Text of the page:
A tumbleweed evening. Life rolling by in snares, snagging itself on unemployment. I’m scratching the surface of doubt, watching these jobless days turn the scratch into a pessimistic chasm that deepens with every razor blade minute chipping off the clock. The stars of this night shine down in lazy light, hanging there in the sky, where they have always been, watching me crack up in wishful thinking. I close my eyes and create all the pictures of what life should already look like: that big porch that goes all the way around, with a nice swing in the tree, the leaves falling over the house and into the lawn like delicate paper trails of love which lead me to the girl who wears my old baseball shirt, swinging under that moonlit tree with a brilliant smile on her face.
Somehow I have turned twenty-seven without much to show. The museum of me looking sparse, in need of artistic pieces and victorious sculptures that can fetch a few dollars or at least the admiring, flirtatious gaze of a woman who thinks I can mold a perfect life for her.
And this employment predicament…why so repetitious? Like a yearly comet that burns into the telescope, obscuring my future with fire tails. Tell me it will be alright and I’ll show you my snarling teeth. Trying to find motivation to alleviate the concern, there in the morning with the computer running me head-on into applications. And there is surely a better alternative to electronic submissions and impersonal resumes. The modern job search drowns in anonymity. And I’m supposed to float in this?
All of me ricochets off these midnight walls. This old bedroom seems foreign. Childhood plaques of sporting achievements have dulled into silent bronze trophies I no longer hang on. The first letter a girl snuck to me in high school drips off the bookshelf. Walls decorated with forgotten memories held in photos I rarely look at. A journal from youth filled with words written by a boy who had yet to learn what the moans of a women meant. The bed creaks under my contemplative weight. And the pressure of making something of myself seeps into every pore, stifling the optimism I sometimes wear like a sweater with unraveling threads.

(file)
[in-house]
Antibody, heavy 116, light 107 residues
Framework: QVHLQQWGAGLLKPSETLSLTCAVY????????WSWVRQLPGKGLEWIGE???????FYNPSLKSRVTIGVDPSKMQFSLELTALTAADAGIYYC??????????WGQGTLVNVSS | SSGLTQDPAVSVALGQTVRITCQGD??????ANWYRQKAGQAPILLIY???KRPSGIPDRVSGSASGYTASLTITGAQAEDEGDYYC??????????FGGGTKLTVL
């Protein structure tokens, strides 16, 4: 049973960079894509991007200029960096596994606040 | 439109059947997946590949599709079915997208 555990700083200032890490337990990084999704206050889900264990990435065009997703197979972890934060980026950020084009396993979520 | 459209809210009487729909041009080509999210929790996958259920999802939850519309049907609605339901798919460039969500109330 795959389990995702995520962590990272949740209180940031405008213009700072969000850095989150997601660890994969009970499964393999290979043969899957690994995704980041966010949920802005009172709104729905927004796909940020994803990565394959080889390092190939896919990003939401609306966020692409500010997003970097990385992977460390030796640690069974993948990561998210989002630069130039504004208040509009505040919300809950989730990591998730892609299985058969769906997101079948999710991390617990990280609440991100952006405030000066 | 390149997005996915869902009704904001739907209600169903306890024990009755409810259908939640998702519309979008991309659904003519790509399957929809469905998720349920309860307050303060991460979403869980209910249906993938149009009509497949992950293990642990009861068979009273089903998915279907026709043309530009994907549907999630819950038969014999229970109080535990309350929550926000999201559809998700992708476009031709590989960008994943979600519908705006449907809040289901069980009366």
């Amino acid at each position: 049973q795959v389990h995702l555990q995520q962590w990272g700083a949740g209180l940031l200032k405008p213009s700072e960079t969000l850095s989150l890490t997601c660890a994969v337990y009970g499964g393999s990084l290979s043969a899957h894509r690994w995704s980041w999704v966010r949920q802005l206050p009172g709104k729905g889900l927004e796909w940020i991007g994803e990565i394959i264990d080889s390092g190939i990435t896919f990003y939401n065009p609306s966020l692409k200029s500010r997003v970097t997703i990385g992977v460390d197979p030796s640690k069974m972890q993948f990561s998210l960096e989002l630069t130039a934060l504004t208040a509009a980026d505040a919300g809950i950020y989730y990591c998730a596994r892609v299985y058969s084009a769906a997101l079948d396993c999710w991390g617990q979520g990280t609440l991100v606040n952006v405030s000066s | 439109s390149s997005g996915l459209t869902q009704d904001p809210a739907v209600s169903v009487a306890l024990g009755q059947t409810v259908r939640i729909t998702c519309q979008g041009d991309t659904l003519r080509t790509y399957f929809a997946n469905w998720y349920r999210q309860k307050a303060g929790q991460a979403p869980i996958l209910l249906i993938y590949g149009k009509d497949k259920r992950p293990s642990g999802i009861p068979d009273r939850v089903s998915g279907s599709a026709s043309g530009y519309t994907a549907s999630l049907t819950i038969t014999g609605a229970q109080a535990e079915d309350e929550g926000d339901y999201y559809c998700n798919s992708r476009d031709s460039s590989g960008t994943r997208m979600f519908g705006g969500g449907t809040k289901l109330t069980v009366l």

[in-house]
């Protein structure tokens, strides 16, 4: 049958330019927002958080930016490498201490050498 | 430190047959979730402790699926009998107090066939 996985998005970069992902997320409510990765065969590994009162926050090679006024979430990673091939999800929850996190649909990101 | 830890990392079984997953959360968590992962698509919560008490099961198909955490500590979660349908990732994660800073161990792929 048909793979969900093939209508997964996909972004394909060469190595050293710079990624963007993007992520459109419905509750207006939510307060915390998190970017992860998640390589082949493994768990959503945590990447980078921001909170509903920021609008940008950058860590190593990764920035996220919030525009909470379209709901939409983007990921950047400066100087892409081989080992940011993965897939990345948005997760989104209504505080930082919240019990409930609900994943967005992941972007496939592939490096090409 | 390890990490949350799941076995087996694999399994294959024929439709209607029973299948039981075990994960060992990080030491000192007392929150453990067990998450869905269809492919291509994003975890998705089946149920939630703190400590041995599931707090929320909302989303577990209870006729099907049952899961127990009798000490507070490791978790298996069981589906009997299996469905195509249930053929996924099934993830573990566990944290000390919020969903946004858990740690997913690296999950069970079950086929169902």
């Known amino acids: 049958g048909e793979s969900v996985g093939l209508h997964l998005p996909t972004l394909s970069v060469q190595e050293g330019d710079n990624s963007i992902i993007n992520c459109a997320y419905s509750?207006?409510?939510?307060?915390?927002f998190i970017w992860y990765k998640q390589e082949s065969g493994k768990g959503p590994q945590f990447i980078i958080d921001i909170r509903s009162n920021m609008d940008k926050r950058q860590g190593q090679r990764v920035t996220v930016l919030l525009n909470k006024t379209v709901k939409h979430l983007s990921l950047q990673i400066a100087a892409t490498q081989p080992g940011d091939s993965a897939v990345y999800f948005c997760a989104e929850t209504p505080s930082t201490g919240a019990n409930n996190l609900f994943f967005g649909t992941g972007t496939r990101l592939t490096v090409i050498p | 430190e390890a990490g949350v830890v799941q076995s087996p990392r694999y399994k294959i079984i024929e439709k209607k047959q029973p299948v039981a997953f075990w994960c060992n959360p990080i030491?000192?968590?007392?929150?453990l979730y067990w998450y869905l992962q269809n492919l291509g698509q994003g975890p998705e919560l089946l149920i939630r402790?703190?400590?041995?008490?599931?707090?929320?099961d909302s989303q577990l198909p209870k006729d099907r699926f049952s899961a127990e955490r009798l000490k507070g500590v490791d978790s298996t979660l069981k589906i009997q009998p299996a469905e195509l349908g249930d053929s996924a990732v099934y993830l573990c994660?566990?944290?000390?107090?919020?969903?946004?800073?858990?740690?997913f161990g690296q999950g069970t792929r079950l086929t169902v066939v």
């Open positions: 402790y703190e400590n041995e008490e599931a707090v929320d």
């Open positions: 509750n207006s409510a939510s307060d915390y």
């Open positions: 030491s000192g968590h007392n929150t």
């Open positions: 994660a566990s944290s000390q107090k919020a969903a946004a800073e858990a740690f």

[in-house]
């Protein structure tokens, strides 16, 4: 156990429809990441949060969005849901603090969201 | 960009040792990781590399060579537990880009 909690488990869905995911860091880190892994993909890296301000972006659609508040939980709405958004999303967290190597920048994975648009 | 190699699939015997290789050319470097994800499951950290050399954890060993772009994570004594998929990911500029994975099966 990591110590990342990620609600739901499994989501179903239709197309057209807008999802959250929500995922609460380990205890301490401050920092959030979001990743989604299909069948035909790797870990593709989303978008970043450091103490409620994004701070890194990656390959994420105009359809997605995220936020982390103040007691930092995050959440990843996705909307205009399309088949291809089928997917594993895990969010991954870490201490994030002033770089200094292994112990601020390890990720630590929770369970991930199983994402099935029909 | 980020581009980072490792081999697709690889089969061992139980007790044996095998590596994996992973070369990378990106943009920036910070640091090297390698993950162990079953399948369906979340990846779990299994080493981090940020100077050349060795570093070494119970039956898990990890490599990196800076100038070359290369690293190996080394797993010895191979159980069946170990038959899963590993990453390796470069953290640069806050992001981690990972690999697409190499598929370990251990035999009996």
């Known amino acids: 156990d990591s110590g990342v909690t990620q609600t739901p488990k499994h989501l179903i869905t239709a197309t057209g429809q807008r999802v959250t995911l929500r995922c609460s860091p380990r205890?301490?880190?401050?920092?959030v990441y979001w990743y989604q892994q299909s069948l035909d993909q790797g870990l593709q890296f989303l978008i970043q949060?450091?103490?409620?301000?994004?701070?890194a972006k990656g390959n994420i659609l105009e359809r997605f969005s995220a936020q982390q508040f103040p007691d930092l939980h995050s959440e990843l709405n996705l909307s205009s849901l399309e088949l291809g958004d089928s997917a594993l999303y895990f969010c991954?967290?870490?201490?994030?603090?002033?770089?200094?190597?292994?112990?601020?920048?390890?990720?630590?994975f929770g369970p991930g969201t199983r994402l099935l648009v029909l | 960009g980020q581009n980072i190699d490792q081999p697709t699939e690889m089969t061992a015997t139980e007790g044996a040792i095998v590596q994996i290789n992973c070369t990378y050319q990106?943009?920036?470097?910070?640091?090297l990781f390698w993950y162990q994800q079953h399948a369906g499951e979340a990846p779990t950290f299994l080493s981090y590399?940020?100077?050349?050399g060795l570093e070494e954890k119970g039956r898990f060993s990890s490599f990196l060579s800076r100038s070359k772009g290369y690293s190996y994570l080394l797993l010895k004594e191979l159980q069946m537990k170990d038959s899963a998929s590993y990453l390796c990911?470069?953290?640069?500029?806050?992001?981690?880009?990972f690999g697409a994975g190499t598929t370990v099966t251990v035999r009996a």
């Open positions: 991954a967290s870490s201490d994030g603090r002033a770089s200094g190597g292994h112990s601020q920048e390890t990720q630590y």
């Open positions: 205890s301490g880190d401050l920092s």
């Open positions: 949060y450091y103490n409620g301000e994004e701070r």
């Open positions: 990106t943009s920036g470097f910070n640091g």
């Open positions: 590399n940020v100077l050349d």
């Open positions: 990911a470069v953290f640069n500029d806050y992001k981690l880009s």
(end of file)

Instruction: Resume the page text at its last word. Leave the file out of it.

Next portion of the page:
Then the morning breaks with the repairing sun. Golden rays of positivity squeeze through the half-drawn blinds. I introduce myself to the new day with a few yawns, hair a mess, eyes chalked with sleep. I throw on some clothes and stare out the window at this tired hometown I have stumbled back into after a lengthy stint in Europe. Everything seems familiar, with some changes here and there, old neighbors moved away, a few trees cut down and different cars parked on the black asphalt streets. But I’m no longer the boy who used to play baseball until the night stole the light from the world. I’m no longer a kid with unwavering optimism. Instead, I am a young man losing the young, trying to find a direction to feast on, trying to find a dream to invest in, while the economy bandages itself, promising better jobs.
This morning meal goes down well: eggs and a few slices of leftover chicken to energize the momentum in me. So I type solemnly into this journal, and watch the butterflies outside fly in and out of tangles, while pressing forward, always forward, until I can find an ad on a job board that intrigues my curiosity, enough so that I am able to break through the monotonous routine of filling out applications to find legitimate hope in landing a job that can bring an everyday smile to my face, like waking up in Barcelona with the beach breeze tempting my toes, like staring into the steely eyes of the Eiffel Tower, like painting myself in Madrid with tapas and cigarettes smoked in charming alleyways, like falling in love in London with all the English accents. That’s what my career should feel like.